Digging for data
Any AI system needs to learn from data – the more the better. Taiwan has a trove of data to feed on thanks to its National Health Insurance (NHI)system, which was launched in 1995 and covers more than 99% of the population. In recent years, the government has allowed access to this extensive data for research and development.
One startup to take advantage of this opportunity is AESOP Technology, which has offices in Taipei, Berkeley, California, and Cambridge, Massachusetts. AESOP is trying to reduce a major risk to patients’ health globally: medical errors, specifically prescription errors. In Taiwan, they analyzed NHI data and found at least 3 million incorrect prescriptions each year, from incorrectly filled out forms to prescribing the wrong drugs or dosages.
“Everyone thinks hospitals are high-tech, but in hospitals, the staff records patients’ status on white boards,” said Jim Long, CEO of AESOP. “Doctors spell drug names wrong – even common drug names that sound like and look like other drug names.”
Traditionally, the industry has used rule-based reminders, which look at one or two variables – such as whether two specific drugs are prescribed together.
A lot of noisy alerts are generated that physicians often ignore or turn off. AESOP is unique in that it considers many more variables – from four to more than 20 – when deciding whether to send an alert. These include a patient’s age, gender, the hospital department involved, and the diagnosis.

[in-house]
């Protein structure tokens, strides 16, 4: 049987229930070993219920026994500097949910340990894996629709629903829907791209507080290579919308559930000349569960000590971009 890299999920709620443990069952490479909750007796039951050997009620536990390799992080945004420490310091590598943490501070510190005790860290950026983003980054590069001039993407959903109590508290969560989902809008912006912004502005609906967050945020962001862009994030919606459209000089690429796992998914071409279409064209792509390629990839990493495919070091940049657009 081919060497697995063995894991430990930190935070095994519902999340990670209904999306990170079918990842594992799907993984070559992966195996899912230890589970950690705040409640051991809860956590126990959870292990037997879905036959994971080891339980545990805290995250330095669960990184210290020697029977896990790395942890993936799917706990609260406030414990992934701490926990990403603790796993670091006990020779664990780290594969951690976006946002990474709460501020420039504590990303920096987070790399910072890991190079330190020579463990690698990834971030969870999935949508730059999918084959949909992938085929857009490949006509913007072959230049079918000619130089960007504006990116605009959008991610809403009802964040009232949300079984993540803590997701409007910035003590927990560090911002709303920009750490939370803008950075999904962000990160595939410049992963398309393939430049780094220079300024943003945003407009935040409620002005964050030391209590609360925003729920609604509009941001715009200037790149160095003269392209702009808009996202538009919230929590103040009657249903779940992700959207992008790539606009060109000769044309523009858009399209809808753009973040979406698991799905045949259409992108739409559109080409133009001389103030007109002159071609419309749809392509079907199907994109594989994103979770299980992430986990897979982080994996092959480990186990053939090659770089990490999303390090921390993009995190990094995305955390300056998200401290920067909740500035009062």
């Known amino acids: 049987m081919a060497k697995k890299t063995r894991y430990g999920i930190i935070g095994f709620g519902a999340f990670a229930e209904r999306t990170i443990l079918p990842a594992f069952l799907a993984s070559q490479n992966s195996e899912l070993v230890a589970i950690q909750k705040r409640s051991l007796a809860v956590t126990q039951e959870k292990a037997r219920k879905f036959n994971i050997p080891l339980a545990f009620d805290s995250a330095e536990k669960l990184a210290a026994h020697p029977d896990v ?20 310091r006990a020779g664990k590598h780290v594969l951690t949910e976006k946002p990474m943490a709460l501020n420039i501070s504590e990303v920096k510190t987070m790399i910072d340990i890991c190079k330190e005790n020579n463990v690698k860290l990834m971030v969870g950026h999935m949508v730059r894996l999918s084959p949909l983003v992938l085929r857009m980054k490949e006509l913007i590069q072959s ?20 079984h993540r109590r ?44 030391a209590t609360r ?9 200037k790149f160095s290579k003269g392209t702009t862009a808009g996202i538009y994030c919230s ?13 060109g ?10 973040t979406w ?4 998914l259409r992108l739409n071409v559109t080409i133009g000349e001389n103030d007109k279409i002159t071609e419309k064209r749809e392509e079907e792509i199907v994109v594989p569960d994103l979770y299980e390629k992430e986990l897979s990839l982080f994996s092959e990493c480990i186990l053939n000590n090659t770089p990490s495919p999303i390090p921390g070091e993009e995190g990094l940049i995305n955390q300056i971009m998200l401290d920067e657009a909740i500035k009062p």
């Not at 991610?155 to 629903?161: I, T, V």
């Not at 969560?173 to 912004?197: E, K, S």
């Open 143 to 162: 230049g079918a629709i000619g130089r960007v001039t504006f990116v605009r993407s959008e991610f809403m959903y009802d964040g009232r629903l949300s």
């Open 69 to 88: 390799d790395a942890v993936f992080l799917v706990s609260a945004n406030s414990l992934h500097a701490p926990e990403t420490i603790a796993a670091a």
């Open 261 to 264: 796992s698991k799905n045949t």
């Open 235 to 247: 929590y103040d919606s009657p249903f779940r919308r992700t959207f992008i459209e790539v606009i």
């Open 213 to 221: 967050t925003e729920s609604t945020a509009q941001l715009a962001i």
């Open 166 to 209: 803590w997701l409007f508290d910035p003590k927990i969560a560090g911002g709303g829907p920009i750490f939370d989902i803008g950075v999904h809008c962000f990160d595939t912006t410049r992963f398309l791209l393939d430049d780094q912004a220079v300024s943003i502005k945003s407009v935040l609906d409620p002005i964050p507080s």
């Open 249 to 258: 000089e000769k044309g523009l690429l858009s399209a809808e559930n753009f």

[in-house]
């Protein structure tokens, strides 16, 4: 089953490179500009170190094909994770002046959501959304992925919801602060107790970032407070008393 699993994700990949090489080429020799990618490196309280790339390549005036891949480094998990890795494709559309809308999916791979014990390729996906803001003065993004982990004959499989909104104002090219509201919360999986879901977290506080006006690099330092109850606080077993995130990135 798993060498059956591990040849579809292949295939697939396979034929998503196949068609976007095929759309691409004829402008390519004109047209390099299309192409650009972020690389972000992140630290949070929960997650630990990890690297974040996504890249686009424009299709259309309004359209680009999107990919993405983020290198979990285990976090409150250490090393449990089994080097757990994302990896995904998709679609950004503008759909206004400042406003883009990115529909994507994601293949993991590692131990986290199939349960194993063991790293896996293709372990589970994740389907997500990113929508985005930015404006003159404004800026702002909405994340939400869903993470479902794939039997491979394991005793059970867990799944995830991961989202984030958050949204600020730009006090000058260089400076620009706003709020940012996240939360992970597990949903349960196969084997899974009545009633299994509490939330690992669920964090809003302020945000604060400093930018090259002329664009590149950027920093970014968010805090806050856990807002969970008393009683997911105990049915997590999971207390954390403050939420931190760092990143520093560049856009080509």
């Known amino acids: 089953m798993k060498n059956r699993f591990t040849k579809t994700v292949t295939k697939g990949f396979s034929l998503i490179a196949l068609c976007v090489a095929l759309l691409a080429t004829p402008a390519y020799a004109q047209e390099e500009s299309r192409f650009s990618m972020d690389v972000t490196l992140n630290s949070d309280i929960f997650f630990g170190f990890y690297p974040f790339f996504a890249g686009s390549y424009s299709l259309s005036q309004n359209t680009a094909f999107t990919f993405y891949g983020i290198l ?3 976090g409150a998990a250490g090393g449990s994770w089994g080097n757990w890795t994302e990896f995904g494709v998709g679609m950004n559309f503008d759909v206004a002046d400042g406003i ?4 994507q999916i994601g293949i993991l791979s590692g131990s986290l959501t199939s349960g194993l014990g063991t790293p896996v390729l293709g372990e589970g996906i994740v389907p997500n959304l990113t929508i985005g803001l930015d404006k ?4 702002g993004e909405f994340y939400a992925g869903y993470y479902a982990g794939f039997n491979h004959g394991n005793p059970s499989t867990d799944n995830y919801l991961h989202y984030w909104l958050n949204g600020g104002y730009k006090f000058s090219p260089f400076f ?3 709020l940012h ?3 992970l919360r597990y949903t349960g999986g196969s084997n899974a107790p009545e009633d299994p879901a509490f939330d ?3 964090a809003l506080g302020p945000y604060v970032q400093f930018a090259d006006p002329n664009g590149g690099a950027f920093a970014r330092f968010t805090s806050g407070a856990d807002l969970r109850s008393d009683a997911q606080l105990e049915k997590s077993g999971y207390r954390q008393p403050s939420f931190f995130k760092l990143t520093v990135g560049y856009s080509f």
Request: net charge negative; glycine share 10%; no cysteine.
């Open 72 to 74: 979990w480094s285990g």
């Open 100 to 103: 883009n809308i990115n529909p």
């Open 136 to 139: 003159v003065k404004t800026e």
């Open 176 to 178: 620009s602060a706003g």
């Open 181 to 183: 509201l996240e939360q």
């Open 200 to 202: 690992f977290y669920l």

Its system uses machine-learning to flag outliers, signaling a potential mistake. Long and his business partner founded AESOP – a spin-off startup from Taipei Medical University – last year but had first started trying to address the problem of prescription errors 20 years ago.
Two developments over the past five years have been instrumental in making this technology possible, says Long.
The first is greater computational power. Given that there are 60,000 possible clinical diagnoses adjusted for patients’ gender, ages, medication, and so on, just five years ago Long and his team estimated that “to finish a round of machine learning would take 150 years.”
The second key change was the opening of Taiwan’s NHI Administration’s database to biotechnology and healthcare firms through academic research cooperation. Since 2016, such access to anonymized healthcare data for Taiwan’s population going back to 1995 has been available upon application. This is much more than the maximum 50 million prescriptions AESOP is allowed to access and purchase from public sources in the U.S.,Long said.
In a bid to protect privacy, researchers and companies are not allowed to take any notes inside the data center in Nangang. They can only use the center’s computers and then provide the result of their searches to the staff, who then check it and send it to them.
AESOP’s MedGuard system has been in use in three hospitals in Taiwan since 2017. This year, the company has signed up more hospitals in Taiwan, and physicians at Harvard Medical School’s Brigham and Women’s Hospital are also giving the system a trial.
“Our target will still be the U.S.,” says Long. The U.S. is a bigger market than Taiwan and uses the same drug coding system and language when prescribing, he says. One prescription error it caught in Taiwan involved a 9-year-old girl with lower back pain.
The physician had meant to prescribe Solaxin, a muscle relaxant. Instead, he chose Solian, an antipsychotic used to treat schizophrenia. The drug should not be prescribed to children and the dosage far exceeded the maximum recommended amount.
AESOP’s MedGuard system flagged the error when it recognized that the drug wasn’t being prescribed as it had been in the past.